If you were drawing a Venn diagram, you likely wouldn’t have “community cat shelter” and “iconic modernist design” overlap. Yet last October, the Herman Miller Showroom in Culver City, California—namesake of Herman Miller, the furniture manufacturer credited with instantly recognizable designs like the Eames lounge chair—showcased cat shelters designed, built and donated by local architects and designers.
The imaginative (and functional) designs are a product of Architects for Animals’ annual “Giving Shelter” event benefiting FixNation, an L.A.-based nonprofit that provides free spay/neuter services for the city's free-roaming felines. In other major cities, annual Architects for Animals events benefit D.C.'s Humane Rescue Alliance and the NYC Feral Cat Initiative, with past designs incorporating fish bowls and insulated cat food cans.
"We bring in some of the largest architecture firms, and they donate their time and talent, and they actually design and build a small winter shelter for an animal that's found itself living on the streets," Architects for Animals founder Leslie Farrell told All For Animals TV. "They're very cool, they're architectural, but we also wanted to raise awareness for people in the city and elsewhere that these animals exist and they need help."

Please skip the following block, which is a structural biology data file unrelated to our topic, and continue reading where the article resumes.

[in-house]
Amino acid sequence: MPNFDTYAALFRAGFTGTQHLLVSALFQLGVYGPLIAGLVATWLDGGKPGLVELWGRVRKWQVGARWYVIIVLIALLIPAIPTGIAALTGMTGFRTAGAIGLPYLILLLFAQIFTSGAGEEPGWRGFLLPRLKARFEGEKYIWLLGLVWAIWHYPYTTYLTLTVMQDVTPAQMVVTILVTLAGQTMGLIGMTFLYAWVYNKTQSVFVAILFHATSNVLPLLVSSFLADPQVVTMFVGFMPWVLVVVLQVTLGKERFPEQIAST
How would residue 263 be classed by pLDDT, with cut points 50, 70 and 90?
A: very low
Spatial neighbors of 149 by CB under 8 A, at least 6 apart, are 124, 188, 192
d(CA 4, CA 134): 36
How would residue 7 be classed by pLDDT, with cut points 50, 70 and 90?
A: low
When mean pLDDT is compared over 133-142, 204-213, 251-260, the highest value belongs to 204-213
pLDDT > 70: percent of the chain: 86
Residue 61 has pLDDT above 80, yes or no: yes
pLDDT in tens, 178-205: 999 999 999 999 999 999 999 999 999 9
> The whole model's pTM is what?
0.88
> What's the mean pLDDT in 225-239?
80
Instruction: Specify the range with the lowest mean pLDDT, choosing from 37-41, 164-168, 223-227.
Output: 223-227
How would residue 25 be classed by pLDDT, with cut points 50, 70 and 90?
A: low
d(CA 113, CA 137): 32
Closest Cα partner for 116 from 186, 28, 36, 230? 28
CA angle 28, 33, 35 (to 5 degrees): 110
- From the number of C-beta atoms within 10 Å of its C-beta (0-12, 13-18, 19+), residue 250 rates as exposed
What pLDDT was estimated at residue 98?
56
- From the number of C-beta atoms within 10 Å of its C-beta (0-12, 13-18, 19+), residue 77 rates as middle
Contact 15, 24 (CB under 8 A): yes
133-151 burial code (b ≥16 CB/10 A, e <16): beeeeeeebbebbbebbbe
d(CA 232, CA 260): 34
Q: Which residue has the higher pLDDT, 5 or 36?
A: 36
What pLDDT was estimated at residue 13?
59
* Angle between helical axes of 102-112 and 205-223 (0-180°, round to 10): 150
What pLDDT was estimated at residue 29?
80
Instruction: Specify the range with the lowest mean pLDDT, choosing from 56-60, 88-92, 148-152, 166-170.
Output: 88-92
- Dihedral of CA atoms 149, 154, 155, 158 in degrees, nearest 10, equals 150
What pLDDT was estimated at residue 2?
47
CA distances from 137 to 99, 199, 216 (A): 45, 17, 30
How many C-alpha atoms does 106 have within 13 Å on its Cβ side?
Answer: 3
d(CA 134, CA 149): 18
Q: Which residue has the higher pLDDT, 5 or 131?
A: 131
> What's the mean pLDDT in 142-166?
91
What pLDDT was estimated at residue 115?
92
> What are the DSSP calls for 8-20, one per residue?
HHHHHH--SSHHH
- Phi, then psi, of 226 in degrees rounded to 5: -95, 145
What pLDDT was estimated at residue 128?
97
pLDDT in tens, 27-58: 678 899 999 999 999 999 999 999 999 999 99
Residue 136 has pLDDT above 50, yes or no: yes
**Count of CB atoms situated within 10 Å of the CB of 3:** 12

With titles fit for The Louvre, like “White Jack,” “CAnT WE ALL GET ALONG” and “Ball of Twine,” scroll down to see the most recent works of art and to read a few words from the designers.
In this issue: A decade of promoting shelter pets; summer camp, COVID style; innovation sensations; hole-istic cat housing; creating videos with viral potential; teaming up with sports stars to promote your organization; new approaches to feline retroviruses; and more.
In this issue: The HSUS Pets for Life team shifts tactics but retains core beliefs during the COVID-19 pandemic; new science about cat allergies may prevent surrenders; an upstate New York shelter teams with local pizzerias to promote adoptable animals; VCA adds a nail in the coffin of elective declawing; an Idaho nonprofit helps ‘sweeten the pot’ for harder-to-place cats; and more.
In this issue: Facial recognition may be a new way to help locate lost pets; a Baltimore shelter finds “bad” pet portraits good for fundraising; why and how organizations can enlist volunteers with disabilities; veterinarians and trap-neuter-return experts share their perspectives on feral fosters; the growing trend of shelters mentoring shelters proves a win-win for the field; a dog rebounds from horrible injuries; and more.